Background: Several studies have tried to investigate the role of inflammatory biomarkers in Autism Spectrum Disorder (ASD), and their correlations with clinical phenotypes. Despite the growing research in this topic, existing data are mostly contradictory. Methods: Eighty-five ASD preschoolers were assessed [...] Read more.
Background: Several studies have tried to investigate the role of inflammatory biomarkers in Autism Spectrum Disorder (ASD), and their correlations with clinical phenotypes. Despite the growing research in this topic, existing data are mostly contradictory. Methods: Eighty-five ASD preschoolers were assessed for developmental level, adaptive functioning, gastrointestinal (GI), socio-communicative and psychopathological symptoms. Plasma levels of leptin, resistin, plasminogen activator inhibitor-1 (PAI-1), macrophage chemoattractant protein-1 (CCL2), tumor necrosis factor-alfa (TNF-α), and interleukin-6 (IL-6) were correlated with clinical scores and were compared among different ASD subgroups according to the presence or absence of: (i) GI symptoms, (ii) regressive onset of autism. Results: Proinflammatory cytokines (TNF-α, IL-6 and CCL2) were lower than those reported in previous studies in children with systemic inflammatory conditions. GI symptoms were not correlated with levels of inflammatory biomarkers except for resistin that was lower in ASD-GI children (p = 0.032). Resistin and PAI-1 levels were significantly higher in the group with “regression plus a developmental delay” onset (Reg+DD group) compared to groups without regression or with regression without a developmental delay (p < 0.01 for all). Conclusions: Our results did not highlight the presence of any systemic inflammatory state in ASD subjects neither disentangling children with/without GI symptoms. The Reg + DD group significantly differed from others in some plasmatic values, but these differences failed to discriminate the subgroups as possible distinct ASD endo-phenotypes. Full article
(This article belongs to the Special Issue Advances in Autism Research)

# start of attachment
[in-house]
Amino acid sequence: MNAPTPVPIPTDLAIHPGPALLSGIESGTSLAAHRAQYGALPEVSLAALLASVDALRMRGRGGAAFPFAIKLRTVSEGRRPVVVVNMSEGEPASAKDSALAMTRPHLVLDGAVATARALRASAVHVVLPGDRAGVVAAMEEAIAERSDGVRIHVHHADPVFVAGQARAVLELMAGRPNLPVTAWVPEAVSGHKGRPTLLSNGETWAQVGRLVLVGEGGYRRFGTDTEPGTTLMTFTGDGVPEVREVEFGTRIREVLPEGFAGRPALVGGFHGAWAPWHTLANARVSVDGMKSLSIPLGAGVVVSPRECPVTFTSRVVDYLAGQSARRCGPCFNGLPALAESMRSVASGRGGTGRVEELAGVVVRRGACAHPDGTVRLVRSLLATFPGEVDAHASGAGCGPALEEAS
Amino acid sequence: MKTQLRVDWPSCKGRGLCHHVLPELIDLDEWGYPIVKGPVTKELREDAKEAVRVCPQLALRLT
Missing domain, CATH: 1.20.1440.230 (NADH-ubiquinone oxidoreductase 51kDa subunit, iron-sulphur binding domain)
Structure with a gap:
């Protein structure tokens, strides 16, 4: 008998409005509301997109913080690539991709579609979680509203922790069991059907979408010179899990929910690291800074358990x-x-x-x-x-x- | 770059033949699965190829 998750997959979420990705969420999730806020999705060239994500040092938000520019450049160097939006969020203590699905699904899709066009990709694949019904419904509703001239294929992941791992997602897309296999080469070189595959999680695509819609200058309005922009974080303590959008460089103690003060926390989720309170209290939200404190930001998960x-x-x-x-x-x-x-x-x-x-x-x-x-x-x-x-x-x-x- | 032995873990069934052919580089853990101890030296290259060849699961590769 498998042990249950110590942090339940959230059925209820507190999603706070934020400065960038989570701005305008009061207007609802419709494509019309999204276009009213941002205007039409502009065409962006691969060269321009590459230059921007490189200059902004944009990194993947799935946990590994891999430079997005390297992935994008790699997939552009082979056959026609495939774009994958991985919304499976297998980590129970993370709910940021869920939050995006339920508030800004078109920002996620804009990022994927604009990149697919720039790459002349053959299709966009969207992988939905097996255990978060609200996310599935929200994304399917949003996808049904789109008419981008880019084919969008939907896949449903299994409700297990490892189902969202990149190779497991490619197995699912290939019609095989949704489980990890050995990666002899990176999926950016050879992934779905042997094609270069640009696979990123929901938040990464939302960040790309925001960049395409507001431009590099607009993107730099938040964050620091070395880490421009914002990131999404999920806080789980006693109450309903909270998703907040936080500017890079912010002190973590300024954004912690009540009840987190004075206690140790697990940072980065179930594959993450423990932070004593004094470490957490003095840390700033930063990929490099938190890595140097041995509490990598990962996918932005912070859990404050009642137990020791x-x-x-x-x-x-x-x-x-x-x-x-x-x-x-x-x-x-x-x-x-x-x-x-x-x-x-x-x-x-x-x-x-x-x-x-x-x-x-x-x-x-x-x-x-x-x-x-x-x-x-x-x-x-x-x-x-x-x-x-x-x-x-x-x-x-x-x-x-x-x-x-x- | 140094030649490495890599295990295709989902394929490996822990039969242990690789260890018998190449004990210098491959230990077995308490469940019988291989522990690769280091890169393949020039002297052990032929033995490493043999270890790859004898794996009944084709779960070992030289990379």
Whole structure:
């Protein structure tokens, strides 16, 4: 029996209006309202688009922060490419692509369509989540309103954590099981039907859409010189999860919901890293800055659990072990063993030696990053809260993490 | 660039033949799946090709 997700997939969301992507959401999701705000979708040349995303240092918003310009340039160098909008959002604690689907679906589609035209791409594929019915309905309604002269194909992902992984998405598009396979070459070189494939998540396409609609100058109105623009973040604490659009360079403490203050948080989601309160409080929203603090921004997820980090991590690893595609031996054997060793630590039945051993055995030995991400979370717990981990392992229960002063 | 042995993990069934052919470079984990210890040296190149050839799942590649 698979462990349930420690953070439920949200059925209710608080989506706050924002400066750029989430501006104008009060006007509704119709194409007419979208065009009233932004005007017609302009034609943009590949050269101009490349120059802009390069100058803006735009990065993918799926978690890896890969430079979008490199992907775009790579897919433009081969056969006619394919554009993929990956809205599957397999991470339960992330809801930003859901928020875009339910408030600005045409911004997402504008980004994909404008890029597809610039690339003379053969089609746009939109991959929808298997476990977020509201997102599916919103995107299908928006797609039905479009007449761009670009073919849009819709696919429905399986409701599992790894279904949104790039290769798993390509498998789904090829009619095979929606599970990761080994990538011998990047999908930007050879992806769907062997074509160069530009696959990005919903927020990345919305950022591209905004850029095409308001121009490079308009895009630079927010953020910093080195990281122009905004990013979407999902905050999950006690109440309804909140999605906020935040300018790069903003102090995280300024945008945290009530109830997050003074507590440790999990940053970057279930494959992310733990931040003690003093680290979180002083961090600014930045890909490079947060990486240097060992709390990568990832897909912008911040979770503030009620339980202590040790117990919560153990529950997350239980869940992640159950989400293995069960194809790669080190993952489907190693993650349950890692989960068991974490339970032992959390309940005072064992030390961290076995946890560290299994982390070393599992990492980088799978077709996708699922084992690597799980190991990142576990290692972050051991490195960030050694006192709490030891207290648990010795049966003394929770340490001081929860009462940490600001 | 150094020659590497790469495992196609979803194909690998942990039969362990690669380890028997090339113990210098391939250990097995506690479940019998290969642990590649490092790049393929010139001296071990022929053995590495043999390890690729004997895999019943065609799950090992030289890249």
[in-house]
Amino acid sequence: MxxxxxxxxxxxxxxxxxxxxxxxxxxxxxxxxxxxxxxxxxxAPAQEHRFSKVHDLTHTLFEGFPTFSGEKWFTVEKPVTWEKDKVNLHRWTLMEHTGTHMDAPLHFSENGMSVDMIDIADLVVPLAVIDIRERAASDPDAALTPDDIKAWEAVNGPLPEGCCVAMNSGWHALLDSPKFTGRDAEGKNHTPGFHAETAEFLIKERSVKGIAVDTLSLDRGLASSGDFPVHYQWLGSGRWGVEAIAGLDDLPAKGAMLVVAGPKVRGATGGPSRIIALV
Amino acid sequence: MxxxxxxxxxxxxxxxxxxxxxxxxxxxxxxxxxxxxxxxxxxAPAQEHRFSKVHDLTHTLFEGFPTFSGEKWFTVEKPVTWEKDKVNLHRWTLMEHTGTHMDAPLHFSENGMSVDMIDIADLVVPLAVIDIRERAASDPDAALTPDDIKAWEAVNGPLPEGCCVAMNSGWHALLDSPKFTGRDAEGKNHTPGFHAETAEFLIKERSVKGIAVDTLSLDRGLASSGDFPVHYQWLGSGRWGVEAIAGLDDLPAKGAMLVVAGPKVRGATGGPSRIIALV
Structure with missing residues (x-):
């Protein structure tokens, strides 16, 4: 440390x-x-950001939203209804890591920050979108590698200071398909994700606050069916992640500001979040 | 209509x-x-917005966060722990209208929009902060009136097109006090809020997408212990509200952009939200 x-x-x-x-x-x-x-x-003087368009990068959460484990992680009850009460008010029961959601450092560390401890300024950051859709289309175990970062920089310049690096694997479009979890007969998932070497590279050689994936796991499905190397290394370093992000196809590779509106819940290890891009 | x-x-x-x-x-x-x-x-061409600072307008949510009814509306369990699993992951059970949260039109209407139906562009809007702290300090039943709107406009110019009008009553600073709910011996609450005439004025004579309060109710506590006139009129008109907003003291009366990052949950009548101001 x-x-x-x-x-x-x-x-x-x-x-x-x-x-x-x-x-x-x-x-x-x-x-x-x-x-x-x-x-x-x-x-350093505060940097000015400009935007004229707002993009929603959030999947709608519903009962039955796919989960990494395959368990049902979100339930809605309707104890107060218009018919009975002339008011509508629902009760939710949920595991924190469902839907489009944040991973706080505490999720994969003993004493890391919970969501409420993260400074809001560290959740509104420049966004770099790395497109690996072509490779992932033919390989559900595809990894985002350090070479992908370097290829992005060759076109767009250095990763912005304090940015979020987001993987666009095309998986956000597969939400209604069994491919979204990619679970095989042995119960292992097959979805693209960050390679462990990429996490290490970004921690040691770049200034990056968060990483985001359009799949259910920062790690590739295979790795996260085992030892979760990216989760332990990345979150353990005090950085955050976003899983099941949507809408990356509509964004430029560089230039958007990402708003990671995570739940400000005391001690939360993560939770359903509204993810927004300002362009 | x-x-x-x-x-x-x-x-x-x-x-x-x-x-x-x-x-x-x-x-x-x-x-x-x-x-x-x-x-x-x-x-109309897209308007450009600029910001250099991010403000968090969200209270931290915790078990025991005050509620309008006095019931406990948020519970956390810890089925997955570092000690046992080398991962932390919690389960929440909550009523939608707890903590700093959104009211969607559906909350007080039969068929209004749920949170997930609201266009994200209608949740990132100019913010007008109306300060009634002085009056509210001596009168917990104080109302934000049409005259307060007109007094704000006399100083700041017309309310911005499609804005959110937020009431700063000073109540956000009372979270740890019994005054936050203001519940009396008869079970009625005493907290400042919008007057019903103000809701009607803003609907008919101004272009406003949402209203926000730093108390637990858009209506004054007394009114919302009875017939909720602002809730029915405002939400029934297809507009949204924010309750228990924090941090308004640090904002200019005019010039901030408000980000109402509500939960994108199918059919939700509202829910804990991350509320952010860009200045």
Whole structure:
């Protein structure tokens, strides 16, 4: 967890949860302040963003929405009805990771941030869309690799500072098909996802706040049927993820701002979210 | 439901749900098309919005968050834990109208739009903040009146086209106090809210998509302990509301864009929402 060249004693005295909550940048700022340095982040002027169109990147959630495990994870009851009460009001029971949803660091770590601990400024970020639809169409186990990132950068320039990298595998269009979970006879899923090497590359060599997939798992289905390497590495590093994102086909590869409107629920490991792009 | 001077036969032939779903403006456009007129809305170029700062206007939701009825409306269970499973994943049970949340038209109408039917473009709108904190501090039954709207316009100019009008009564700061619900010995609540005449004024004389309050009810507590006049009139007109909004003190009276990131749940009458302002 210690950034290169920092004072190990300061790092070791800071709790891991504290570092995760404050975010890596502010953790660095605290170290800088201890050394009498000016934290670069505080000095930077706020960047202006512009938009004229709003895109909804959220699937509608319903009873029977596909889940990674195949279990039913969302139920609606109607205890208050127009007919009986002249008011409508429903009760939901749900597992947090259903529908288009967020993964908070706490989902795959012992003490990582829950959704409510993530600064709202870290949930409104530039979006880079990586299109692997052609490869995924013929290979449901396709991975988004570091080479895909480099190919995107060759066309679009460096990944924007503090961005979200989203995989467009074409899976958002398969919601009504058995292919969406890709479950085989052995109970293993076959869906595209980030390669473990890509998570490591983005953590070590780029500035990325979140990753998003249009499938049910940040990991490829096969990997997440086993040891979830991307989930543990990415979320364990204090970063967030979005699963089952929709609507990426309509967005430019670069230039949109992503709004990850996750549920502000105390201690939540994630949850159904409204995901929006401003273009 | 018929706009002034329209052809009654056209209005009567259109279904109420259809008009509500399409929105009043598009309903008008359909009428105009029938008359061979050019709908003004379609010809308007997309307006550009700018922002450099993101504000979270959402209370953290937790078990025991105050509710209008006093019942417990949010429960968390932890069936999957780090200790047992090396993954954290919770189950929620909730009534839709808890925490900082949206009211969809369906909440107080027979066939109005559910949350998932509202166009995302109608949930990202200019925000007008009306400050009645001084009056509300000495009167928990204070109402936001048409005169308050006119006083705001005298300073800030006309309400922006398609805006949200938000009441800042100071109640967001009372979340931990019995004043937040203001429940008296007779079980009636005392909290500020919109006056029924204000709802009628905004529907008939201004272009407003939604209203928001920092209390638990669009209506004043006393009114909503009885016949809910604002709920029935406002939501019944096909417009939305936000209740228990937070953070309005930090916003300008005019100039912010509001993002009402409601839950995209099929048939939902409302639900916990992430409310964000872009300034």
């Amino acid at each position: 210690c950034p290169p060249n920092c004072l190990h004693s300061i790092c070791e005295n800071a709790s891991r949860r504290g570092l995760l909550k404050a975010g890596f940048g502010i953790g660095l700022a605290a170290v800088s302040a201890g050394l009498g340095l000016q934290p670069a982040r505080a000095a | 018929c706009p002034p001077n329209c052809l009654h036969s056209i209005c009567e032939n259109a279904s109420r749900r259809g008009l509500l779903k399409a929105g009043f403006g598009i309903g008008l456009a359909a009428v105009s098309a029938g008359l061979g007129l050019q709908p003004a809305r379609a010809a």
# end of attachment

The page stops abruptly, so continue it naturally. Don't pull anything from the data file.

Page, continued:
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Open AccessArticle
Paternal—but Not Maternal—Autistic Traits Predict Frontal EEG Alpha Asymmetry in Infants with Later Symptoms of Autism
Brain Sci. 2019, 9(12), 342; https://doi.org/10.3390/brainsci9120342 - 26 Nov 2019
Abstract
Previous research found that the parental autism phenotype is associated with child autism spectrum disorder (ASD), even if the pathway between autistic traits in parents and child ASD is still largely unknown. Several studies investigated frontal asymmetry in alpha oscillation (FAA) as an [...] Read more.
Previous research found that the parental autism phenotype is associated with child autism spectrum disorder (ASD), even if the pathway between autistic traits in parents and child ASD is still largely unknown. Several studies investigated frontal asymmetry in alpha oscillation (FAA) as an early marker for ASD. However, no study has examined the mediational effect of FAA between parental autistic traits and child ASD symptoms in the general population. We carried out a prospective study of 103 typically developing infants and measured FAA as a mediator between both maternal and paternal autistic traits and child ASD traits. We recorded infant baseline electroencephalogram (EEG) at 6 months of age. Child ASD symptoms were measured at age 24 months by the Child Behavior Checklist 1½–5 Pervasive Developmental Problems Scale, and parental autistic traits were scored by the Autism spectrum Quotient questionnaire. The mediation model showed that paternal vs. maternal autistic traits are associated with greater left FAA which, in turn, is associated with more child ASD traits with a significant indirect effect only in female infants vs. male infants. Our findings show a potential cascade of effects whereby paternal autistic traits drive EEG markers contributing to ASD risk. Full article